Northwest Territory Sedge is a moisture-loving, native sedge with edible roots, stems and seeds.
The Northwest Territory Sedge is a native food with edible roots, shoots and seeds. The pith of the stems are said to taste sweet, raw or cooked. The root should be cooked first and the small seeds can be used like a cereal grain. This native food can provide food at any time of the year!
Northwest Territory Sedge is an excellent choice in the ornamental wetland, it produces long stems that cap in an inflorescence, a cylindrical mass of flowers. Each inflorescence has up to 200 small seeds encased in a shiny green, golden or brown sheath. The long thin leaves change from light green in the spring to golden brown in the fall.
Environment and Culture
Northwest Territories Sedge occurs in open swamps, wet thickets, marshes, sedge meadows, bogs and fens, as well as on stream, pond, and lakeshores across the Pacific Northwest. It was used for food by many Native Americans and it is known that children favored the pith for its sweet flavor.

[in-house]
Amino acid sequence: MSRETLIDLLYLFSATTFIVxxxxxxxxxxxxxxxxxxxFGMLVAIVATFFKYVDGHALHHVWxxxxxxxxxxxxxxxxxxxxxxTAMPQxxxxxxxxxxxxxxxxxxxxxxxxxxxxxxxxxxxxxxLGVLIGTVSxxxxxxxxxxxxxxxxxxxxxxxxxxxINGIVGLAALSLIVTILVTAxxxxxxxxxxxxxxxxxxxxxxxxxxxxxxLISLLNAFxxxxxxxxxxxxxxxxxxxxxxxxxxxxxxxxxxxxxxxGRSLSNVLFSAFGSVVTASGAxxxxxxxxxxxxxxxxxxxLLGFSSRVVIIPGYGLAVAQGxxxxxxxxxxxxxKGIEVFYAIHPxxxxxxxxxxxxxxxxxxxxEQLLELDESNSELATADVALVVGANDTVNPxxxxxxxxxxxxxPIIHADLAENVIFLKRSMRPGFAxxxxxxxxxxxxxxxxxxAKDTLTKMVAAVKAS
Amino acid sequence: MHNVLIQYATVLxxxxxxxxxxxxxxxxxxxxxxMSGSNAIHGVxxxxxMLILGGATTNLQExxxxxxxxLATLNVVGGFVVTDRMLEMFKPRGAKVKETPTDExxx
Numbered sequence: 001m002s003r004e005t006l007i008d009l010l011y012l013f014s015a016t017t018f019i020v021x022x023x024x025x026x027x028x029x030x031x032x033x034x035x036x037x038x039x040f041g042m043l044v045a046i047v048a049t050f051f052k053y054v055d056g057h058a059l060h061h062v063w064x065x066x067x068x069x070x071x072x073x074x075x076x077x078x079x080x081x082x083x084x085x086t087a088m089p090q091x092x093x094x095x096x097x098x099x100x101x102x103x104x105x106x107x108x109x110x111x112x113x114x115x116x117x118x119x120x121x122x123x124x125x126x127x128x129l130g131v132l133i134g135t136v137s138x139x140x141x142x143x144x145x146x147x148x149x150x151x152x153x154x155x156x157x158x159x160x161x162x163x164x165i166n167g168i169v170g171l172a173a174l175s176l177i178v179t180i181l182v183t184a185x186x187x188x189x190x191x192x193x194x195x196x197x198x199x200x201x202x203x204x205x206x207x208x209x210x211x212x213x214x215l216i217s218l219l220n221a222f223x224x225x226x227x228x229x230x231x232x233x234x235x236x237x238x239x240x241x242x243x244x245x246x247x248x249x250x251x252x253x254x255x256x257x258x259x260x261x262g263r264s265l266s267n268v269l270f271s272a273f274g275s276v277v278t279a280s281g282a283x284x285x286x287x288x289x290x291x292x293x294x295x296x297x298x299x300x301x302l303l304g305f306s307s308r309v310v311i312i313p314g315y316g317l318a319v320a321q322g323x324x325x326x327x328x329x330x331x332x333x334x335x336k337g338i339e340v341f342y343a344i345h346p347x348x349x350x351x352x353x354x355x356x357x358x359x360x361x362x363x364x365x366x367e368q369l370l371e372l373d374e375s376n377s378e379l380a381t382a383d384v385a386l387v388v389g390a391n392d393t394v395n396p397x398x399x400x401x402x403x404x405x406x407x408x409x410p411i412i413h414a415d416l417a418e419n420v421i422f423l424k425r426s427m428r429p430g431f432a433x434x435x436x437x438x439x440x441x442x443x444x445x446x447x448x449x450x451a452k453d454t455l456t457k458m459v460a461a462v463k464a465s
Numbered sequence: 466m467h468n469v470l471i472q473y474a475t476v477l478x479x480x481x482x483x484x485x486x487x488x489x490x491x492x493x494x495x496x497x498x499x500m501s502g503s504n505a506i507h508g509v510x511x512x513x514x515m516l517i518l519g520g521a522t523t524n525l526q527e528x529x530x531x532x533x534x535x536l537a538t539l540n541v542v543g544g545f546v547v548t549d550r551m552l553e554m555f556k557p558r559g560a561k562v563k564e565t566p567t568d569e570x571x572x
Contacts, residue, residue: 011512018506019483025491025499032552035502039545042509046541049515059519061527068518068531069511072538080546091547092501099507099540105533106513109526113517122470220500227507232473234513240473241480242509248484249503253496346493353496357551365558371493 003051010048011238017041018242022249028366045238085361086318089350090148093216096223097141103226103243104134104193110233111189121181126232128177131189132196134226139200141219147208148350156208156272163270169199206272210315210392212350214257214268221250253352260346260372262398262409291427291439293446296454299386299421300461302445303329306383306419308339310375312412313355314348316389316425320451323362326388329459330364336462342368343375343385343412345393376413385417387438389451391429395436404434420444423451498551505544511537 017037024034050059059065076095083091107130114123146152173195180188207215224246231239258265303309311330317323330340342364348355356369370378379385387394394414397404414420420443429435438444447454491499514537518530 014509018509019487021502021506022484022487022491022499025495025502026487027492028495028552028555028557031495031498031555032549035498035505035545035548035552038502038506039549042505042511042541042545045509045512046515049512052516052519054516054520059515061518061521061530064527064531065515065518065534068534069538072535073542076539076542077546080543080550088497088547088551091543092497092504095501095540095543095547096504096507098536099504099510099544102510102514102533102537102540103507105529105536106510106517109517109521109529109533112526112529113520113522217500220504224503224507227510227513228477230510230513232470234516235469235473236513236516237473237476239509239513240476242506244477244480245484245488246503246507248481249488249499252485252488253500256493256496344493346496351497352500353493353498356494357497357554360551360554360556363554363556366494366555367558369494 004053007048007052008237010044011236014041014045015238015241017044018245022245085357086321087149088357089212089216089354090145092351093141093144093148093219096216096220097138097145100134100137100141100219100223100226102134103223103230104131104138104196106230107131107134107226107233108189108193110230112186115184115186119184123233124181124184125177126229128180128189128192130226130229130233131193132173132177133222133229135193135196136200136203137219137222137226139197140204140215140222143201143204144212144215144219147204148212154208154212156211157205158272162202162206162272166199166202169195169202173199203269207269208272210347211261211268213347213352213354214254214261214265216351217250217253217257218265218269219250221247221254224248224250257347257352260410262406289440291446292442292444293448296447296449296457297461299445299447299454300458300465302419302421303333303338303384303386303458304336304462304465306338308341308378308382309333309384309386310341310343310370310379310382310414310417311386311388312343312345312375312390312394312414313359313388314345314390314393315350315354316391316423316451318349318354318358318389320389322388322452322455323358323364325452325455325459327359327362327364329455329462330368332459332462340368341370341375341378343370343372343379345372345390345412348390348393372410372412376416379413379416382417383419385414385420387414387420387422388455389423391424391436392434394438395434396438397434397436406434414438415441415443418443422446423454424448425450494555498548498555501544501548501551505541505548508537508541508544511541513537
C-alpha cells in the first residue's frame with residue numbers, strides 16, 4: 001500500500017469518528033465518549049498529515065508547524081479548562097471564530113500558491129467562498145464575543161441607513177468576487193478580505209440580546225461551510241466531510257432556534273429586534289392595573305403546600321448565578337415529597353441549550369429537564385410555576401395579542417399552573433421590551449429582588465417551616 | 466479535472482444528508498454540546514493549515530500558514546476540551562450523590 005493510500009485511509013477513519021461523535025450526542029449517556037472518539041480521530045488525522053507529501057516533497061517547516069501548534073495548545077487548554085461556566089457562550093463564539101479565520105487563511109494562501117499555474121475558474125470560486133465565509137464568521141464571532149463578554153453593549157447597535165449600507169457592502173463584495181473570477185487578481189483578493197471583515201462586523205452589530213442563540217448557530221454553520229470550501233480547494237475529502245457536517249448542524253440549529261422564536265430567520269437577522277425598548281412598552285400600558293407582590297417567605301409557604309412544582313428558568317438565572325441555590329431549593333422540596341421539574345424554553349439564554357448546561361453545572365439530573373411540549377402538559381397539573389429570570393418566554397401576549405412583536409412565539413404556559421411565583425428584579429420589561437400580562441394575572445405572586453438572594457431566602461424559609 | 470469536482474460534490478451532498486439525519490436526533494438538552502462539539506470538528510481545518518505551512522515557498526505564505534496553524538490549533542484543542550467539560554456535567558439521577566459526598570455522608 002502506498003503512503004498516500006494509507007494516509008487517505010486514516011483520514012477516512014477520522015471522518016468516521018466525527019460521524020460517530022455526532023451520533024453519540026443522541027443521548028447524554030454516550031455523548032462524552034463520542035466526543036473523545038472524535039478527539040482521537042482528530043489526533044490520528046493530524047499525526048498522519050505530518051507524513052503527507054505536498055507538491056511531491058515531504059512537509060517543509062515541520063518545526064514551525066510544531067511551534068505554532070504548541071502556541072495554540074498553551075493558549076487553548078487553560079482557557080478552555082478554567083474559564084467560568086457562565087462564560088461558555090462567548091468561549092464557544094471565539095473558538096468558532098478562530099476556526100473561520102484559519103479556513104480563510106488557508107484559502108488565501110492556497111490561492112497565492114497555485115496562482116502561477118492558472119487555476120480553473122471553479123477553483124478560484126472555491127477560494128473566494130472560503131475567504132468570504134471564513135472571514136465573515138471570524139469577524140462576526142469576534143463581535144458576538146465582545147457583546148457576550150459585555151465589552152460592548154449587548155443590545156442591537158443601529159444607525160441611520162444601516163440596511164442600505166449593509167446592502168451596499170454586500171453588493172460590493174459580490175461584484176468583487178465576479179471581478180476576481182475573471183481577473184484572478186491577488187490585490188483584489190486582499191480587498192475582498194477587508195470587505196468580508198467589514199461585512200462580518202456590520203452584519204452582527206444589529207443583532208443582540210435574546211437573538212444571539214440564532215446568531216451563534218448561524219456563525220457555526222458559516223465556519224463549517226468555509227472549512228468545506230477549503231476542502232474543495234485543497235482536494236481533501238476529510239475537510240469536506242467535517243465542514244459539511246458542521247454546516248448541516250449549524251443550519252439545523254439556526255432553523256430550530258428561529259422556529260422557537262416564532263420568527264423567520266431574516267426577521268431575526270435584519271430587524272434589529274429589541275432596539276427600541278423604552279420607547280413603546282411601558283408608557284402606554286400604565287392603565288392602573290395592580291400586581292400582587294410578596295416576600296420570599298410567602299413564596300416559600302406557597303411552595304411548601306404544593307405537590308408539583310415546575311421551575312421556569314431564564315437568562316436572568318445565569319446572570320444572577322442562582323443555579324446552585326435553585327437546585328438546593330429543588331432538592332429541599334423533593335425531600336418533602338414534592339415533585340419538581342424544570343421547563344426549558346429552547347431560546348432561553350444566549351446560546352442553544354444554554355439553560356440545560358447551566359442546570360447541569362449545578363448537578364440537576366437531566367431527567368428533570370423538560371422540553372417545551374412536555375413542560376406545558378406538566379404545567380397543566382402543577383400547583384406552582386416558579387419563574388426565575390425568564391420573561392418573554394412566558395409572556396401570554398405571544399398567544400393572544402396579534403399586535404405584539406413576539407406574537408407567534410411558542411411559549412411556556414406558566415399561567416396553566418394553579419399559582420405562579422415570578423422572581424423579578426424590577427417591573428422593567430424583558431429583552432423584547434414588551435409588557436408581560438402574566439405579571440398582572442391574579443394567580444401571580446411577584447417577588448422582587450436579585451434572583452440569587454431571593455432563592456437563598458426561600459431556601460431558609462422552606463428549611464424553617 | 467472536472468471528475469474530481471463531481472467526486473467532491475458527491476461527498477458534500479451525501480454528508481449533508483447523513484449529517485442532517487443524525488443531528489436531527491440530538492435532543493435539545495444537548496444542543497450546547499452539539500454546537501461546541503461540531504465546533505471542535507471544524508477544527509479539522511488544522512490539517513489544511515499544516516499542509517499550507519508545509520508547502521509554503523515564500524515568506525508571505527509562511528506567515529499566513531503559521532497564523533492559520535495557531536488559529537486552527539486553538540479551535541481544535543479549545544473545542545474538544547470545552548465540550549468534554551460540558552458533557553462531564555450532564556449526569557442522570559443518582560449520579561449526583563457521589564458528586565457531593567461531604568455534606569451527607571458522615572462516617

Harvest, Care, and Preparation
The pith from the stems is best harvested in spring and early summer. The seeds should be harvested in fall after they have completely dried. They will need to be threshed and separated from the chaff, soak in water for up to 24 hours before cooking. Try mixing the seeds with other wild grains or add it to oatmeal or other hot breakfast cereals. The roots are best harvested in the winter but are edible year round.
Make sure to establish the plants with lots of water for the first summer. After establishment the Northwest Territory Sedge needs at least seasonal flooding but can tolerate drying out in the summer.